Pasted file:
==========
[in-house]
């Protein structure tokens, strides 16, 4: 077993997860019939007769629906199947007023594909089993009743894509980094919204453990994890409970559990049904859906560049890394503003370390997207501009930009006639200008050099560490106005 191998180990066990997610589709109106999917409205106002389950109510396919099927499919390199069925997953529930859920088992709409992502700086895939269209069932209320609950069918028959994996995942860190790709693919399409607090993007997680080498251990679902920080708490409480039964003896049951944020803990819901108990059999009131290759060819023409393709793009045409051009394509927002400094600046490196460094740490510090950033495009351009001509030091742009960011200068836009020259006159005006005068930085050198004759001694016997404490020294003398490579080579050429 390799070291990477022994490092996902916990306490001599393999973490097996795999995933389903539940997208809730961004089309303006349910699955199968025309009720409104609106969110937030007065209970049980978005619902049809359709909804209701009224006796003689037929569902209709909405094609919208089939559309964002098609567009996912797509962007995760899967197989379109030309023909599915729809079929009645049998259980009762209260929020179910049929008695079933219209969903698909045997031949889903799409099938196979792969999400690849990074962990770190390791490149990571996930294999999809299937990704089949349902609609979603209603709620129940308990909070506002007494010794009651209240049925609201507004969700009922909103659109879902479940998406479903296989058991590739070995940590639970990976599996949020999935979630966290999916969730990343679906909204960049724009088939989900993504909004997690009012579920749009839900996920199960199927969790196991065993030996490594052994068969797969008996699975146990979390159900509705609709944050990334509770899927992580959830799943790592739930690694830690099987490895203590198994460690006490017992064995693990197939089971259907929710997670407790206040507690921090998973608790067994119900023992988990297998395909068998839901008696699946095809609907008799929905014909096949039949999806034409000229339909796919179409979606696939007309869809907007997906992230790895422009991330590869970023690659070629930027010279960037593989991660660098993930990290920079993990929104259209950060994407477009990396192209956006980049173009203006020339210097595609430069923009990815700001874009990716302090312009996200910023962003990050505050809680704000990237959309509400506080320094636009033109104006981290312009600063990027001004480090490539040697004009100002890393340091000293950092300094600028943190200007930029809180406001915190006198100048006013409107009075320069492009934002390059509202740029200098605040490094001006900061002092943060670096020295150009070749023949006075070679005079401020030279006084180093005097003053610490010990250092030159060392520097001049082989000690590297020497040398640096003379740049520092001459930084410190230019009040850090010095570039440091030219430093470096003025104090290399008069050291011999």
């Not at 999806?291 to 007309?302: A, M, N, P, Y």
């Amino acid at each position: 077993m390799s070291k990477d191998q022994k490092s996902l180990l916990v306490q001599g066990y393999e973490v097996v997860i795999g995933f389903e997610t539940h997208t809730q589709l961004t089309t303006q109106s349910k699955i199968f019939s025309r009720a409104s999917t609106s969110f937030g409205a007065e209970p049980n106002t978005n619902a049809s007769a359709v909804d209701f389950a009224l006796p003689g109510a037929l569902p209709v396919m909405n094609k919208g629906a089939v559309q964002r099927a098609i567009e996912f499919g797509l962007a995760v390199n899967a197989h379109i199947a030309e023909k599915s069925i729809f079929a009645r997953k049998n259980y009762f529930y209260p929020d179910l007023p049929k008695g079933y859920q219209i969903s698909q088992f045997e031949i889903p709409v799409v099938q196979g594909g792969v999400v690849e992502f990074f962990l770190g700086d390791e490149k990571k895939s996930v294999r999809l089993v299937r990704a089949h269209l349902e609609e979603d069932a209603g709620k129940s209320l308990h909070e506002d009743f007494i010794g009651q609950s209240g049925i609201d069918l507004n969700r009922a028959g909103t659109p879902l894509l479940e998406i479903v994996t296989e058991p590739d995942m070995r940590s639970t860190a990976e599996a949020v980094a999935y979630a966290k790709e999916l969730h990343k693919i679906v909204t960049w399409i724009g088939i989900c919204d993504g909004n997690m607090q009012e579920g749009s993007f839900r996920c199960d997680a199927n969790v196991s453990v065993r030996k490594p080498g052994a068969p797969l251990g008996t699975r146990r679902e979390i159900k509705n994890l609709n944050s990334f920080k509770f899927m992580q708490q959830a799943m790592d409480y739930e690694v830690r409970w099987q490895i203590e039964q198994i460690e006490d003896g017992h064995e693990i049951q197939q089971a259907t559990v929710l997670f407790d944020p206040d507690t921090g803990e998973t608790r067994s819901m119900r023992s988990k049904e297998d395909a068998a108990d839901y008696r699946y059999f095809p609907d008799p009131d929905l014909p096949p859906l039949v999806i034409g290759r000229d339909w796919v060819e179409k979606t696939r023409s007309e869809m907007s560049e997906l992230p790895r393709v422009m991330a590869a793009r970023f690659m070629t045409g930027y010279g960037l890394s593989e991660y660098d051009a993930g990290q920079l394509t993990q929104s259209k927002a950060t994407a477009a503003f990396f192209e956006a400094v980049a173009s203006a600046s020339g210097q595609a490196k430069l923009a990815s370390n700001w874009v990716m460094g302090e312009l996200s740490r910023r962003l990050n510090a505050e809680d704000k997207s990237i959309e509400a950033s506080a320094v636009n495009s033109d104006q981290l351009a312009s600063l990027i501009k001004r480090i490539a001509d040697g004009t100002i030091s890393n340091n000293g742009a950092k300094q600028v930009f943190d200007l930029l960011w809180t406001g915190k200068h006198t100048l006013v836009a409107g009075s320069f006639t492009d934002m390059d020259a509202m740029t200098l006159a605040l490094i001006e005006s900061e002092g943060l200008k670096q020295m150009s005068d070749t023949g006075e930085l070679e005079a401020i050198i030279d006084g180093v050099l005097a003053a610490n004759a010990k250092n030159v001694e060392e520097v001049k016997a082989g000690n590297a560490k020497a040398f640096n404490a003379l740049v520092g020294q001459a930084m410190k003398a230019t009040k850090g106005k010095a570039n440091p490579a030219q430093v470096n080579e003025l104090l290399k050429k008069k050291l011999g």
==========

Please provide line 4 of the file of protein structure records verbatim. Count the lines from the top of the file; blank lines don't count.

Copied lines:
């Amino acid at each position: 077993m390799s070291k990477d191998q022994k490092s996902l180990l916990v306490q001599g066990y393999e973490v097996v997860i795999g995933f389903e997610t539940h997208t809730q589709l961004t089309t303006q109106s349910k699955i199968f019939s025309r009720a409104s999917t609106s969110f937030g409205a007065e209970p049980n106002t978005n619902a049809s007769a359709v909804d209701f389950a009224l006796p003689g109510a037929l569902p209709v396919m909405n094609k919208g629906a089939v559309q964002r099927a098609i567009e996912f499919g797509l962007a995760v390199n899967a197989h379109i199947a030309e023909k599915s069925i729809f079929a009645r997953k049998n259980y009762f529930y209260p929020d179910l007023p049929k008695g079933y859920q219209i969903s698909q088992f045997e031949i889903p709409v799409v099938q196979g594909g792969v999400v690849e992502f990074f962990l770190g700086d390791e490149k990571k895939s996930v294999r999809l089993v299937r990704a089949h269209l349902e609609e979603d069932a209603g709620k129940s209320l308990h909070e506002d009743f007494i010794g009651q609950s209240g049925i609201d069918l507004n969700r009922a028959g909103t659109p879902l894509l479940e998406i479903v994996t296989e058991p590739d995942m070995r940590s639970t860190a990976e599996a949020v980094a999935y979630a966290k790709e999916l969730h990343k693919i679906v909204t960049w399409i724009g088939i989900c919204d993504g909004n997690m607090q009012e579920g749009s993007f839900r996920c199960d997680a199927n969790v196991s453990v065993r030996k490594p080498g052994a068969p797969l251990g008996t699975r146990r679902e979390i159900k509705n994890l609709n944050s990334f920080k509770f899927m992580q708490q959830a799943m790592d409480y739930e690694v830690r409970w099987q490895i203590e039964q198994i460690e006490d003896g017992h064995e693990i049951q197939q089971a259907t559990v929710l997670f407790d944020p206040d507690t921090g803990e998973t608790r067994s819901m119900r023992s988990k049904e297998d395909a068998a108990d839901y008696r699946y059999f095809p609907d008799p009131d929905l014909p096949p859906l039949v999806i034409g290759r000229d339909w796919v060819e179409k979606t696939r023409s007309e869809m907007s560049e997906l992230p790895r393709v422009m991330a590869a793009r970023f690659m070629t045409g930027y010279g960037l890394s593989e991660y660098d051009a993930g990290q920079l394509t993990q929104s259209k927002a950060t994407a477009a503003f990396f192209e956006a400094v980049a173009s203006a600046s020339g210097q595609a490196k430069l923009a990815s370390n700001w874009v990716m460094g302090e312009l996200s740490r910023r962003l990050n510090a505050e809680d704000k997207s990237i959309e509400a950033s506080a320094v636009n495009s033109d104006q981290l351009a312009s600063l990027i501009k001004r480090i490539a001509d040697g004009t100002i030091s890393n340091n000293g742009a950092k300094q600028v930009f943190d200007l930029l960011w809180t406001g915190k200068h006198t100048l006013v836009a409107g009075s320069f006639t492009d934002m390059d020259a509202m740029t200098l006159a605040l490094i001006e005006s900061e002092g943060l200008k670096q020295m150009s005068d070749t023949g006075e930085l070679e005079a401020i050198i030279d006084g180093v050099l005097a003053a610490n004759a010990k250092n030159v001694e060392e520097v001049k016997a082989g000690n590297a560490k020497a040398f640096n404490a003379l740049v520092g020294q001459a930084m410190k003398a230019t009040k850090g106005k010095a570039n440091p490579a030219q430093v470096n080579e003025l104090l290399k050429k008069k050291l011999g």